But that’s what families are for–a place where we can work out our little dramas and big heartaches, and ultimately find a place where we can stand and say, “You’re a poop, but I love you, and yes, I forgive you. Seventy times seven.”
And cross our hearts and hope for the best.
May you be able to forgive, seventy times seven. And may you also be forgiven, at least ten times as much.
Being a part of someone’s life, because of the work we make, is a powerful thing.
Today is Day 4 at my big retail show, The League of NH Craftsmen’s Annual Fair. It’s been exciting, exhausting, enervating, exhilarating, excellent and entertaining. Sort of New Hampshire’s own Big E.
Years ago, a mother and her young daughter came to my booth. The girl–around 9 or 10–fell in love with my horse jewelry, and begged her mom for a necklace.
“No way!” exclaimed her mom. “You always lose your jewelry. You lose everything!”
The girl pleaded her case, promising she would cherish the necklace. There was a little bargaining involved, I found a horse necklace that was a little less expensive, and both of them left with their Luann Udell horse.
Scene: My booth, one year later. A girl and her mother walk in the booth. The girl is wearing–my horse necklace!
We hug and laugh. Her mother tells me the story: “Every night, before she goes to bed, she takes off her necklace and places it in the gift box you gave her. And every morning, she puts it back on. It is the last thing she does before she sleeps, and the first thing she does after she wakens.”
I was so moved that she loved my work so much. I told this story to a friend. She said, “Do you realize, Luann, that YOUR jewelry is her first piece of ‘grown-up jewelry’? Your necklace took her to the next place in her life–you’ve been a part of her growing up.”
Now they come back every year. Sometimes the daughter buys a pair of earrings, sometimes her mother buys a necklace. Sometimes they pick something together, agreeing to share it between them.
It is beautiful to watch them.
They came this year. The girl is a young woman now. There is talk of college, maybe even a gap year program. As always, the love and warmth between them is obvious. She picks a pair of earrings, Mom picks a beautiful necklace–with a promise to share. They may be back for the girl to pick another ‘big’ piece for graduation. As they leave, I feel tears coming.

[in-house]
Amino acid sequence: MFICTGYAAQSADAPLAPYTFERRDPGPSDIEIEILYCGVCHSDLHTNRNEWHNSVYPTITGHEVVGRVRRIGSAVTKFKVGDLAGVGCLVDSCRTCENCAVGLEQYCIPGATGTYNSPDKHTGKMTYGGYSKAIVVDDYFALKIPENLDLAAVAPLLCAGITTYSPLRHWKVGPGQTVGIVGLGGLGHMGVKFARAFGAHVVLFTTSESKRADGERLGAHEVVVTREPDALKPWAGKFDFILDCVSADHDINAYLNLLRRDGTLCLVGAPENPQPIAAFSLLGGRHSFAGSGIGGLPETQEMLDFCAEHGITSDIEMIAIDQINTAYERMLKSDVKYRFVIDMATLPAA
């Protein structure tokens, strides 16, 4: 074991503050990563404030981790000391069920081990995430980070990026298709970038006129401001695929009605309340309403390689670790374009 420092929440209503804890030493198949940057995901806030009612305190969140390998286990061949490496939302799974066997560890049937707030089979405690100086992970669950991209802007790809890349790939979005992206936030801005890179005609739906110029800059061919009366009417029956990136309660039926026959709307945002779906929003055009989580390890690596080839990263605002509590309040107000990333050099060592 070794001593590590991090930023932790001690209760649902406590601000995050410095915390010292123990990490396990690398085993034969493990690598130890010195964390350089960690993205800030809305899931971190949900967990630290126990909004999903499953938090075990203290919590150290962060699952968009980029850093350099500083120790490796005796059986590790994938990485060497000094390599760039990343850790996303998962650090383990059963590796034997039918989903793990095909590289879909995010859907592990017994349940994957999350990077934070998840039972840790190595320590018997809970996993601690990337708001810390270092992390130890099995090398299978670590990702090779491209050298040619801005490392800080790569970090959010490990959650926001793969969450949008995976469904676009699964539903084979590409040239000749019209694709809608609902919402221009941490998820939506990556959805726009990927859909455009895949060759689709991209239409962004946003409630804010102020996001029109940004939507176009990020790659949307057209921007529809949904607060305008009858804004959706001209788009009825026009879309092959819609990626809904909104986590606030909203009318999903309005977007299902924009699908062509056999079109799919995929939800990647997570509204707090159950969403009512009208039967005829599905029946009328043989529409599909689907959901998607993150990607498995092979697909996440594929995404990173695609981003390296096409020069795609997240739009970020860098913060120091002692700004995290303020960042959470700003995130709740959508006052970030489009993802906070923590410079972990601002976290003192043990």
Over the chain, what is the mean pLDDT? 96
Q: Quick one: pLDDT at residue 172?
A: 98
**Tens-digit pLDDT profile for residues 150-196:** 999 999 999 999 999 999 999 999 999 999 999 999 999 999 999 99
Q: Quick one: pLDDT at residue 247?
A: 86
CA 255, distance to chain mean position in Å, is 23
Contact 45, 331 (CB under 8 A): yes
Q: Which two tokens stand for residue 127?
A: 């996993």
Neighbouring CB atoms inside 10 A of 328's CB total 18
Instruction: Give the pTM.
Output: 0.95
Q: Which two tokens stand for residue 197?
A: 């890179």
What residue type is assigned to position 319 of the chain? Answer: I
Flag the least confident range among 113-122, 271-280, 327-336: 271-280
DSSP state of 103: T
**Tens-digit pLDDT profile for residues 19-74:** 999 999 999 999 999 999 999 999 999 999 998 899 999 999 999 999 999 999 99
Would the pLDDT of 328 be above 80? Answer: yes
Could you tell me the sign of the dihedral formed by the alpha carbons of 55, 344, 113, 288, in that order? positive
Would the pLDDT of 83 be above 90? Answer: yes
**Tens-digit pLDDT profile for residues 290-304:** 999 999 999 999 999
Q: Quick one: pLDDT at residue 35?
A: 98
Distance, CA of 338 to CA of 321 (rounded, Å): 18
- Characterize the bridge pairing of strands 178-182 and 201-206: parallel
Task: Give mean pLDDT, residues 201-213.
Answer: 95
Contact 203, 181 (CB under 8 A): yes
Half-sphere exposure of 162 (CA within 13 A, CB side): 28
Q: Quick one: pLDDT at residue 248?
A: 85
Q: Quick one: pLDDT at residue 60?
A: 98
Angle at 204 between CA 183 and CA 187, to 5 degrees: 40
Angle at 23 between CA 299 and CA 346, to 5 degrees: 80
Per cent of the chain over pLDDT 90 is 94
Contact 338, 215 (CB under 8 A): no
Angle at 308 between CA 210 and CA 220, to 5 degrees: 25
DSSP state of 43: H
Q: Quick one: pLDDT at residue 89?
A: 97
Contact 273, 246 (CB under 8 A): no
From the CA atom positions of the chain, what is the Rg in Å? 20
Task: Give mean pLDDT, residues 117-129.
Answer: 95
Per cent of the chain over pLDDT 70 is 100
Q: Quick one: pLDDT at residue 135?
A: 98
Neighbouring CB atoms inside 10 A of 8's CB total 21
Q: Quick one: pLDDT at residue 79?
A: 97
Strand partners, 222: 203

Yes, their purchases over the years have supported me as an artist. They are lovely people and I’m honored they love my work.
But even more, I am humbled at the idea that I am now a part of their family story. My work, from my hands, graces their lives. It encouraged a child to take her first steps to adulthood, and greater responsibilities. It’s been part of her life for almost a decade now, and will be with her on her first steps out into a bigger world.
I have been a witness to this. I’ve been invited to be a part of this. My art has been my ambassador, and I am astonished and grateful.
Today another young girl and her mother came to my booth for the first time. The girl begged her mother for a horse necklace. I shared this story with them. They laughed, the mother looking thoughtful. They looked and tried on a few pieces, then moved on to see the rest of the Fair.
I have a feeling they’ll be back.
As hard as it is to do this show, these moments, these precious moments, remind me of what the world asks of me. They remind me that my gift serves others, sometimes gentle, sometimes obscured, but always with purpose.
It is why I am here, today, at the Fair.